Spin Cycle

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ALBANY - ALBANY -- A former Florida schools official, who voiced strong support for embattled teachers, was appointed Tuesday as New York State's new education commissioner.

The state Board of Regents voted to hire MaryEllen Elia, a New York native who most recently ran Tampa, Florida-area schools for 10 years before being fired in January, to the $250,000-a-year job.

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Elia, 66, who officially takes over the job July 6, becomes New York's first female education commissioner. She replaces John B. King Jr., who left last year to take a federal job after a rocky rollout of the Common Core academic standards and curriculum.

Elia, talking with the media after the Regents' vote, said she supported raising academic standards. But she added she understood why some teachers, whose evaluations now are tied to students' scores on standardized tests, feel under attack.

"It doesn't mean we don't have accountability," Elia said. "But, right now, what we have to do is change the negative stance to a positive approach . . . to shift the conversation from 'What do we need to do to get rid of teachers?' but 'What can we do to support teachers?' "

She acknowledged that "opting out" of standardized tests has become a huge education issue, but said "communication is a key" to helping parents understand why higher academic standards are desired. She didn't offer any immediate strategies about addressing the growing number of New York students boycotting Common Core tests.

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Elia was born in suburban Rochester and raised in Niagara County. She earned a bachelor's degree from Daemen College in Erie County, and master's degrees at both the University at Buffalo and Buffalo State College. Her first job was teaching social studies in an Erie County school district.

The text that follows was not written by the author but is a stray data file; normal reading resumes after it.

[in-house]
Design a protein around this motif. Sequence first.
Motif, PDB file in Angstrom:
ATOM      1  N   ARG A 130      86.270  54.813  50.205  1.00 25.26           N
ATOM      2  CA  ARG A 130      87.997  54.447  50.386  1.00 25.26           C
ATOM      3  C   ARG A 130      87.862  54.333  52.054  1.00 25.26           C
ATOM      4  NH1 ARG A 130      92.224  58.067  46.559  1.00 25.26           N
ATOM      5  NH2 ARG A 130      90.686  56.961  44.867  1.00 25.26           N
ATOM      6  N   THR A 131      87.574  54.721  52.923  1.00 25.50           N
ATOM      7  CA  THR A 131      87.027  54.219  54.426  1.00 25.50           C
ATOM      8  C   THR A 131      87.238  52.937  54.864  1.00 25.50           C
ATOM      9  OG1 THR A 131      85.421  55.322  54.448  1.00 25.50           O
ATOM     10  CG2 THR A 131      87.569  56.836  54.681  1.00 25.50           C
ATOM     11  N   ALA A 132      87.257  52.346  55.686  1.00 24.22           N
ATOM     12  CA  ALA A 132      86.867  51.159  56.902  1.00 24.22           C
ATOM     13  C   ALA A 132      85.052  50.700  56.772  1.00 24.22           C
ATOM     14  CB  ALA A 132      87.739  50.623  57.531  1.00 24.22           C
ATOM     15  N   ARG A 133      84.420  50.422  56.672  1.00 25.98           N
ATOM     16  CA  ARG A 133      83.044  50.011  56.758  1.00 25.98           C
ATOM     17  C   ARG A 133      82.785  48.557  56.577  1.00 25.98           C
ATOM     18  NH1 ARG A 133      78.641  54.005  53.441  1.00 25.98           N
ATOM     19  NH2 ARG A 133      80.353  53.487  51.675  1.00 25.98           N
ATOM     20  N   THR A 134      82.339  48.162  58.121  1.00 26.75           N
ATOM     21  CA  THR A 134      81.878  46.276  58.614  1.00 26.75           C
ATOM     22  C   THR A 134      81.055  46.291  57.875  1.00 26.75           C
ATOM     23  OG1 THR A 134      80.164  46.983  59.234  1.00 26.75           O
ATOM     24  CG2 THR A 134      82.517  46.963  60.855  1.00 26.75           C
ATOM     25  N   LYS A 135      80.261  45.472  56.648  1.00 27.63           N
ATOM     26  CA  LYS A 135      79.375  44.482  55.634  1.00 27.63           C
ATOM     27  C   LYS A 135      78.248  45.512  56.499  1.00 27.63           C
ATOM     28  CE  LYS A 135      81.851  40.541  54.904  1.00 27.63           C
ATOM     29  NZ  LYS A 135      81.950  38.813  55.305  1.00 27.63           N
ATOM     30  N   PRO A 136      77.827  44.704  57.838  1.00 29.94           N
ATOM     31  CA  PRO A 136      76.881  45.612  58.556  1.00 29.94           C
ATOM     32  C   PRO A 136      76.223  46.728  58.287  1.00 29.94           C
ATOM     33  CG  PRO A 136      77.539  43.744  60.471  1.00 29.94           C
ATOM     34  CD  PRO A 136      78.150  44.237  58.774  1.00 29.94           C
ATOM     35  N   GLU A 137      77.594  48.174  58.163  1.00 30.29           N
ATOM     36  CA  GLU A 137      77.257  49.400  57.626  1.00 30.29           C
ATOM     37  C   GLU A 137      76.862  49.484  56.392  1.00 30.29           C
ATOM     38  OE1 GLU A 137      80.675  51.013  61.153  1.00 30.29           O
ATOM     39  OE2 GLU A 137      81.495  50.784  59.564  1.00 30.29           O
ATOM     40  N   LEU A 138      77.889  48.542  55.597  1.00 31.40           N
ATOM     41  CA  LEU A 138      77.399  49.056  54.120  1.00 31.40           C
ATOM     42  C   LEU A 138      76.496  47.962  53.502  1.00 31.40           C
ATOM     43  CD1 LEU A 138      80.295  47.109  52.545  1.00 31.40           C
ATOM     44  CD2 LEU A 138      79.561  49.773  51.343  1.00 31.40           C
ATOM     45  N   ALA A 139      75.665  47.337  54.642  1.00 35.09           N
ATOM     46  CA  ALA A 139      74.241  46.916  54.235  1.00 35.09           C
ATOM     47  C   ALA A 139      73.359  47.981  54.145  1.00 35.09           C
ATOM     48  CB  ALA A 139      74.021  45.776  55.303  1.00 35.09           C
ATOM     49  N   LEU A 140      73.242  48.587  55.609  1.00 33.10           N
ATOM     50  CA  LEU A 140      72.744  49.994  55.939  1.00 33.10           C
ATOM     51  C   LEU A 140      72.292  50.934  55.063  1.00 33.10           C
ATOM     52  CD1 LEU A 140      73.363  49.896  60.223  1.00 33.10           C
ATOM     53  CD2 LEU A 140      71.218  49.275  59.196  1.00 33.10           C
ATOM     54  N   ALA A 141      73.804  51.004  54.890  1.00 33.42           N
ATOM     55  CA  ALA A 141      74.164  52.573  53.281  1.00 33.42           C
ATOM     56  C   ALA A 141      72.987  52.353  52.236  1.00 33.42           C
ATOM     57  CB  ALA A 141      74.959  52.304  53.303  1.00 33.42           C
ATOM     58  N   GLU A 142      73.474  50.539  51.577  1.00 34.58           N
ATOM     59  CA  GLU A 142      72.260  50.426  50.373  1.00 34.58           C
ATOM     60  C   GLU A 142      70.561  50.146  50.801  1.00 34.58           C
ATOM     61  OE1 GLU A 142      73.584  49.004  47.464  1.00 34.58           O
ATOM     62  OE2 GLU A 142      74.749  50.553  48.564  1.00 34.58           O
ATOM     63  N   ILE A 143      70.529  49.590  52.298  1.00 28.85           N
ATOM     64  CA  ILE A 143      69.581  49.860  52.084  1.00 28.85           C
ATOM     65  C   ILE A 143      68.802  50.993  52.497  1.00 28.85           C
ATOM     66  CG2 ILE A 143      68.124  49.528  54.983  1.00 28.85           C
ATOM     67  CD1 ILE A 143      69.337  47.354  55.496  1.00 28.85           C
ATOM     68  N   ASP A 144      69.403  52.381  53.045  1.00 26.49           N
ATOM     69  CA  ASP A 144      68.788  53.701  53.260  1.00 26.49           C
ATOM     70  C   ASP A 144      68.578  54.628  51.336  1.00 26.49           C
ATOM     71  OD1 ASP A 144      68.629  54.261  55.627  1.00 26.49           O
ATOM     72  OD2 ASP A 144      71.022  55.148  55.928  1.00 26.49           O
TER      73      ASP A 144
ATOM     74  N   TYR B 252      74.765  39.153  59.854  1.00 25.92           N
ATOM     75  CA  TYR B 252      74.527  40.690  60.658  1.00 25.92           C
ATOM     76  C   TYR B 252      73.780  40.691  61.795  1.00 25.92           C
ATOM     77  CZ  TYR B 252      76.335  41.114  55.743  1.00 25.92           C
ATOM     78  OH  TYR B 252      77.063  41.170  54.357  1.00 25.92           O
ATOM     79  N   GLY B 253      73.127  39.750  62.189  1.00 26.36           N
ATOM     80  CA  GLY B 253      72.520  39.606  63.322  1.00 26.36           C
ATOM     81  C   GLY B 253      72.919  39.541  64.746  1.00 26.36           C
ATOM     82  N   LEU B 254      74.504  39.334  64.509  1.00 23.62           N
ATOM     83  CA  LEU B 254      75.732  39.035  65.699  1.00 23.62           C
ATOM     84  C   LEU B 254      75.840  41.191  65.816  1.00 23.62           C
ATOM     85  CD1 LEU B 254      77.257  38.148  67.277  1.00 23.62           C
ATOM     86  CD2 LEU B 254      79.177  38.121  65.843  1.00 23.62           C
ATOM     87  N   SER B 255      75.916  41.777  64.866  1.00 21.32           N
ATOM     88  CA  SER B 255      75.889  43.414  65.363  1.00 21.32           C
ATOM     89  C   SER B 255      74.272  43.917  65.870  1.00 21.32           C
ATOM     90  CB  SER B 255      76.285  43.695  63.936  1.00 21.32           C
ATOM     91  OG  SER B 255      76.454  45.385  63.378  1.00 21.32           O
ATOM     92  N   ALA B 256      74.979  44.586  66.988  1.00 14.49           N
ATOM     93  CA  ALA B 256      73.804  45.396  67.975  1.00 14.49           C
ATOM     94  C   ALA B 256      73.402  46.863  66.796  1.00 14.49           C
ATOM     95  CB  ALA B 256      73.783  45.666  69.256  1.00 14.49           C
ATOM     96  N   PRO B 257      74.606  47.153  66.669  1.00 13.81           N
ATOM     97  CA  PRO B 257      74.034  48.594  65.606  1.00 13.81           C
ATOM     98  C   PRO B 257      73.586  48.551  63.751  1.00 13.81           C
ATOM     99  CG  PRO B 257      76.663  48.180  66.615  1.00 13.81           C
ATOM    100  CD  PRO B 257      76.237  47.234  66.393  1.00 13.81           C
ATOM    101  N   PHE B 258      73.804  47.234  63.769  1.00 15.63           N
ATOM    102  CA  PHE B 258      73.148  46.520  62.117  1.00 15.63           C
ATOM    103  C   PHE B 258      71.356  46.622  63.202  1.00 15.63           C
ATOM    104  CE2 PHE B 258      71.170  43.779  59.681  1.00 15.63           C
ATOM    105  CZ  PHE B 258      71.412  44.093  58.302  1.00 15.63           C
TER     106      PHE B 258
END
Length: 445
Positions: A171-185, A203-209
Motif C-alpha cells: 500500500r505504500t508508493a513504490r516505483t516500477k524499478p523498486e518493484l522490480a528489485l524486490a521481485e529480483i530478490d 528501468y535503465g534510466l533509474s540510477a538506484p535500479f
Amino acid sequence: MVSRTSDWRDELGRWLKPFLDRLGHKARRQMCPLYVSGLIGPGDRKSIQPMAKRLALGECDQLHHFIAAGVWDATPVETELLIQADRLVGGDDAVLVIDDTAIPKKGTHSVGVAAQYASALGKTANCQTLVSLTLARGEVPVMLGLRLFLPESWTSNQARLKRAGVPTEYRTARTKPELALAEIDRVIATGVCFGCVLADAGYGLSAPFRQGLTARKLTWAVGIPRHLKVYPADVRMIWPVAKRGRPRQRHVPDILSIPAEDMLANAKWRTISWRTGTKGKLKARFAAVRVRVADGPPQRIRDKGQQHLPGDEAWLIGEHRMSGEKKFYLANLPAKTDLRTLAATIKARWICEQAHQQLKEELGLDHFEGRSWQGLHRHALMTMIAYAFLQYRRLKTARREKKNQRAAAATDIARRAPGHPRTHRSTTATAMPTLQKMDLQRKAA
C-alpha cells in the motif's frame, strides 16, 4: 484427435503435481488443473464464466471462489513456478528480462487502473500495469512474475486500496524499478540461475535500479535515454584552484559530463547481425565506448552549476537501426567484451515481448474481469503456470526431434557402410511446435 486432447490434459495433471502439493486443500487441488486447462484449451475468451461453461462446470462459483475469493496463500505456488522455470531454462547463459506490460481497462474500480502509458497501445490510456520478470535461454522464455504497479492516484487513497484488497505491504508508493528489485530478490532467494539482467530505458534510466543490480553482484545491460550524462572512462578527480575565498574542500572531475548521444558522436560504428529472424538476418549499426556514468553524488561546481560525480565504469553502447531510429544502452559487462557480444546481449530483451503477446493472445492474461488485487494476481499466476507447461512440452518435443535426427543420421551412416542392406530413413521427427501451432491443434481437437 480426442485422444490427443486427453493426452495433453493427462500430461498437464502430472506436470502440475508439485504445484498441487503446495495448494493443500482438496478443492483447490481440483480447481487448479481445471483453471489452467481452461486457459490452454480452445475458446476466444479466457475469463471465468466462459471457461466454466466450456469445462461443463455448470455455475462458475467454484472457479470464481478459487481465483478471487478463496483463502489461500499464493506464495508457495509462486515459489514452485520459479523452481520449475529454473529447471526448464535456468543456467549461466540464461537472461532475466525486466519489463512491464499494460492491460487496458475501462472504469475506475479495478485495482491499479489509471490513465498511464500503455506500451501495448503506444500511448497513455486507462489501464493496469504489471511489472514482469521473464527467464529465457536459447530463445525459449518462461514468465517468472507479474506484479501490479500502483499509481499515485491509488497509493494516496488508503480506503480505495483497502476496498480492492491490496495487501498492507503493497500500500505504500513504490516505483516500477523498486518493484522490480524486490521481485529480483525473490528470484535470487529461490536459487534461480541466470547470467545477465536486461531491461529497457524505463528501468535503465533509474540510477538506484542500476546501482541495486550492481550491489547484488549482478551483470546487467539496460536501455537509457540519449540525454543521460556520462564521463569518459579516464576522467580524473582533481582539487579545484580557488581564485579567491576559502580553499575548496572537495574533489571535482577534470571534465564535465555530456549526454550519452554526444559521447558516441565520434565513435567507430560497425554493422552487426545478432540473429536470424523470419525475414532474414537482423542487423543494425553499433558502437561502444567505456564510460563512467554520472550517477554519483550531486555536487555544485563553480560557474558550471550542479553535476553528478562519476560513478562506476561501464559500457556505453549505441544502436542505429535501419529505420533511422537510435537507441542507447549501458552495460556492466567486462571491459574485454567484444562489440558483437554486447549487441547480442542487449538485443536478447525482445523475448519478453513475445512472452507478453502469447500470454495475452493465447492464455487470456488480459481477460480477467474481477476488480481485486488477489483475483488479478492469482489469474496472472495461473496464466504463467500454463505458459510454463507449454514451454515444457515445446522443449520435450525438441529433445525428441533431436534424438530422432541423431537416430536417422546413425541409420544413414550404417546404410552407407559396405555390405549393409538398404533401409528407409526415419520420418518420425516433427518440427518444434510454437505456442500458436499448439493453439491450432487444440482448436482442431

She moved to Florida in 1986 and later into academic administration.

For the last 10 years, Elia was Hillsborough County schools superintendent, a 200,000-student school system that includes the city of Tampa. There, she won many accolades, but eventually was forced out.

Elia was the 2015 Florida "superintendent of the year" and one of four finalists for the national superintendent of the year. But earlier this year, the school board dumped her after a hotly contested 4-3 vote. Tampa media reports said the issue centered on unrest with district staff and some parents' dissatisfaction with education for special-needs students.

Elia touched lightly on her Florida departure when pressed by reporters.

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"The average [professional] life of a superintendent is between three and four years. So I had 10 years," Elia said. "The board that put me in wasn't the same board. . . . There are multiple changes going on in the education world and, in that context, I'm moving forward and not dwelling on the past."

Asked about the complaints by some that Hillsborough shortchanged special-needs students, Elia said: "I don't really believe that is a fair statement," noting that her son is blind and that she understands parents' and students' needs.

Regents said they conducted a nationwide search, began with 50 candidates, interviewed seven, but ultimately considered only Elia.

"She stood out in our judgment," said Regents Vice Chancellor Anthony Bottar of Syracuse. "Her record of achievement in a school district that's very diverse, very complicated . . . her candor, her forthrightness."